7. Credit: Get copies of all credit card statements, so you know what cards are out there and in whose name they are titled.  If you don’t have credit in your own name alone, this is the time to apply for a card.  Use it- and establish a credit record of your own.  If you want to keep the house, you may need to refinance it, and a credit history will be very helpful. 
  8. Get copies of all financial statements- bank accounts, credit cards, loans, mortgage, investments, retirement accounts, tax returns.  What are your assets?  Your liabilities? Don’t forget that both assetsand debts may be divided.  Know what you own and what you owe.  

Whether you were a Scout or not, Be Prepared is a great motto.  If you stay together, knowing about these issues can make you a better financial partner.  If you don’t stay together, this information may help you gain a more equitable settlement.

ADRIENNE ROTHSTEIN GRACE,CFP, CLTC, CDFA

Securities offered through Cadaret, Grant & Co. Inc. Member FINRA/SIPC. Davis Financial and Cadaret, Grant are separate entities. 

The information provided is not written or intended as specific tax or legal advice and may not be relied on for purposes of avoiding any Federal tax penalties.  Adrienne Rothstein Grace is not authorized to give tax or legal advice.  Individuals are encouraged to seek advice from their own tax or legal counsel.

 

Divorce Choices: Now there are 4!

Adrienne Rothstein Grace, CFP, CLTC, CDFA

May, 2012+ Comment now

 

Our society is constantly changing, and so is the face of divorce. There are now several options to choose from  in deciding how to proceed.  It’s very important to review these BEFORE hiring an attorney and moving forward with your separation and divorce.


In general terms, there are four broad categories of divorce alternatives to consider: Do-It-Yourself (DIY), Mediation, Collaborative and Litigation. Here’s some information about each one.

Do-It-Yourself Divorce

Do-It-Yourself Divorce? DON’T!!!

Divorce is very complicated, both legally and financially. You don’t know what you don’t know, so you can easily make mistakes and those mistakes can be irreversible and costly. The only time when a do-it-yourself divorce might work is a marriage that lasted only two or three years, with no children, little or no assets/debts to be divided, comparable incomes and no alimony. In a case like that, a Do-It-Yourself divorce might be done quickly and inexpensively. But I would still highly recommend that each party have their own separate attorney review the final documents.

Mediation

In divorce Mediation, a divorcing couple works with a neutral Mediator, who facilitates both parties to come to an agreement on all aspects of their divorce. The Mediator may be a lawyer, mental health professional or another trained individual, and (s)he must be extremely well-versed in divorce and family law. It is critical for the Mediator to be neutral and not advocate or advise either party. The Mediator will NOT make your decision for you! Both parties should consider consulting with their own individual attorneys during the Mediation for specific legal advice, and prior to signing the final divorce settlement agreement.

Here are a few things to consider before deciding if Mediation will work for you.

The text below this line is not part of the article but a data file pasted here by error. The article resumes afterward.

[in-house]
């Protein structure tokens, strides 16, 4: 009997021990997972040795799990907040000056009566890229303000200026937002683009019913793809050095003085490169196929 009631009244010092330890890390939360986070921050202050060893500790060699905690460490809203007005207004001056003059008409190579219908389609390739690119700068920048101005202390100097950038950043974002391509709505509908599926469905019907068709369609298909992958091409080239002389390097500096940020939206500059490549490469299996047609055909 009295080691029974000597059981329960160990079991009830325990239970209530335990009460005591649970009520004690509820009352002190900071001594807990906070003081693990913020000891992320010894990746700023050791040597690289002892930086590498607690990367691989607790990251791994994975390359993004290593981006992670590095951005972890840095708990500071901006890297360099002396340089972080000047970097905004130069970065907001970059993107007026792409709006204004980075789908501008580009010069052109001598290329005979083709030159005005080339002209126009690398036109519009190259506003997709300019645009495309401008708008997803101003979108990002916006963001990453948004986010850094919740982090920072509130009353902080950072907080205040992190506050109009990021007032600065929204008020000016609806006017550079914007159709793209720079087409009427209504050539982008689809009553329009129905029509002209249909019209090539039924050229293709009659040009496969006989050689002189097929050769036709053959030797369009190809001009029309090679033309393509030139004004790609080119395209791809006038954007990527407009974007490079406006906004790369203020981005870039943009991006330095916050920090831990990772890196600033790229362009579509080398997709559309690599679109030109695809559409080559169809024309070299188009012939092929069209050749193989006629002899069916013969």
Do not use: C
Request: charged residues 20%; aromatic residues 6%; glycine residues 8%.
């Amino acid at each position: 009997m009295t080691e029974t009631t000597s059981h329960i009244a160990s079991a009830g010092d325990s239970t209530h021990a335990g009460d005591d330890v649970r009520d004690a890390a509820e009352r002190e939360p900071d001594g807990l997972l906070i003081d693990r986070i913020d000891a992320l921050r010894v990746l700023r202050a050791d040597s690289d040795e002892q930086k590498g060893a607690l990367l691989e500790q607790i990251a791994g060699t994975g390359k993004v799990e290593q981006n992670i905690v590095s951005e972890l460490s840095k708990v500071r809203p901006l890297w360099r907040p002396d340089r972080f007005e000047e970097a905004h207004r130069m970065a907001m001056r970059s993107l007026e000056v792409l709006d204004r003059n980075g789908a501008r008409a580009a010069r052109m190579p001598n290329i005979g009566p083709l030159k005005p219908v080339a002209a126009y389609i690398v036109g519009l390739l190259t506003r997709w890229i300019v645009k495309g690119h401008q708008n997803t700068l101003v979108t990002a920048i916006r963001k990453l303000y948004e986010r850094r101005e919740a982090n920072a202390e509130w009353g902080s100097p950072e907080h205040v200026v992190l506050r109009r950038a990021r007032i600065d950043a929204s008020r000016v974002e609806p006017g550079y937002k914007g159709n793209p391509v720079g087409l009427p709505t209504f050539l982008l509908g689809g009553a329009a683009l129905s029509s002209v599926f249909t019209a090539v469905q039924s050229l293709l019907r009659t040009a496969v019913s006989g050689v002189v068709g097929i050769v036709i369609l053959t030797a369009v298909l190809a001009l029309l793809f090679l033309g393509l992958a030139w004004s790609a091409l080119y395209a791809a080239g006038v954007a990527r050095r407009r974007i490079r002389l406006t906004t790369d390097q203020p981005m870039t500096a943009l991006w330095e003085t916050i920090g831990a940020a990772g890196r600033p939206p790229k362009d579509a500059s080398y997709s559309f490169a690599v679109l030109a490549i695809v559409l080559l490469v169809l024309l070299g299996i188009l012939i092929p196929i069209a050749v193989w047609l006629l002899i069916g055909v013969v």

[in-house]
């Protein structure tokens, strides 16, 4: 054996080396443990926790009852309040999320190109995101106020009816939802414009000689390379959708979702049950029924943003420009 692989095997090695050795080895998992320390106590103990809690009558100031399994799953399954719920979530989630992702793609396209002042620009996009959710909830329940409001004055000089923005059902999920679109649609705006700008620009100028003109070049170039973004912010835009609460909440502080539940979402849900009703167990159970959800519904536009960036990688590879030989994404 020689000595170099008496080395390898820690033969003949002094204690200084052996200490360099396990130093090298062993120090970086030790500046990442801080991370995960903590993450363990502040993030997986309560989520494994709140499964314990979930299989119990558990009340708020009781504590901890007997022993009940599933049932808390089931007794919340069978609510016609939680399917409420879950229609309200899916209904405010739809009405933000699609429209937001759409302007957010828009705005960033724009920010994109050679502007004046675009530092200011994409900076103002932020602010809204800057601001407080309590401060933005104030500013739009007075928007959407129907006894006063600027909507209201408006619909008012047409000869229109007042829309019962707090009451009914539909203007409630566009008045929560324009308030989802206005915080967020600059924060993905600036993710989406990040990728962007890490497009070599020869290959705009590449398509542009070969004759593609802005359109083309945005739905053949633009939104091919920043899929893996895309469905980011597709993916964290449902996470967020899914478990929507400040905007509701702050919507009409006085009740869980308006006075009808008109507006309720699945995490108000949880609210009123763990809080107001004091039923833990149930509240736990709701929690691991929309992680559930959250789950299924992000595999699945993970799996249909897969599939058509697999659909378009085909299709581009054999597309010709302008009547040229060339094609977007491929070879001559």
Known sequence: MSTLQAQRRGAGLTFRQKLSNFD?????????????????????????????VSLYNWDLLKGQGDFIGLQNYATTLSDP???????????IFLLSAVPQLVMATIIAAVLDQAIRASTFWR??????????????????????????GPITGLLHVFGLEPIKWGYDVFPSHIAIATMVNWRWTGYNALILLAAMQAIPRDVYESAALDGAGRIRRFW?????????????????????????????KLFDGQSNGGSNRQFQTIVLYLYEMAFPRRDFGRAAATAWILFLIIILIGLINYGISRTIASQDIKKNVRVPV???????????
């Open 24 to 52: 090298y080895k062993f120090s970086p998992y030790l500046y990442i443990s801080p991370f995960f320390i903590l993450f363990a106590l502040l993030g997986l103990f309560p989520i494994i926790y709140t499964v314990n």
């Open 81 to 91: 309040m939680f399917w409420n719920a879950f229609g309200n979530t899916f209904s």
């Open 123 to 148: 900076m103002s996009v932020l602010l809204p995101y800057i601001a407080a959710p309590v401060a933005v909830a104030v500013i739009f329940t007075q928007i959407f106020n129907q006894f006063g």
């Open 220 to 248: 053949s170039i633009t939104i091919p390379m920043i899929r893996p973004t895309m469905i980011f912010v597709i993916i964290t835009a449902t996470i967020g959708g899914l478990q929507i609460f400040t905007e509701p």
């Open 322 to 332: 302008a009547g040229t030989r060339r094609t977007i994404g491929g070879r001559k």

On the “pro” side, divorce mediation may:

• Result in an easier long-term relationship with your ex, since you address your issues yourselves, outside of the Court.

• Be easier on children, since the proceedings may be more cooperative.

• Expedite an agreement.

• Reduce expenses, often at least 50% less expensive than the traditional adversarial system.

• Allow for more discretion and flexibility to address personal circumstances.

. Mediation is private; litigated divorce is public.

However, on the “con” side, divorce mediation may also:

• Waste time and money. If negotiations fail, you’ll need to start all over.

• Be incomplete or unduly favorable to one spouse. If the mediator is inexperienced or biased towards your spouse, the outcome could be unfavorable for you.

• Fail to uncover certain assets. Since all financial information is voluntarily disclosed and there is no subpoena of records, your spouse could potentially hide assets/income.

•Reinforce unhealthy behavior patterns. If one spouse is dominating and the other is submissive, the final settlement may not be fair.

Mediation can be a less contentious, less expensive and more “dignified” way to get a divorce. Given parties who are reasonable and fairly amicable,  Mediation can be a viable option for many couples.  But choose your Mediator carefully.  Research their backgrounds and experience; feel free to consult with your Mediator before you retain him/her.

 

Collaborative Divorce

Collaborative Divorce is another process available, when a couple agrees to work out a divorce settlement without going to Court.

During a Collaborative Divorce, you and your spouse will each hire a different attorney who has been trained in the Collaborative process. The role of the attorneys in a Collaborative Divorce is quite different than in a traditional divorce. Each attorney advises and assists their client in negotiating a settlement agreement. You will meet with your attorney separately and then you and your attorney will also meet together with your spouse and his attorney for all settlement discussions/negotiations. The Collaborative process may also involve other neutral professionals, such as a divorce financial planner,who will help both of you work through financial issues and a coach or therapist, who can help guide you through child custody and other emotionally charged issues.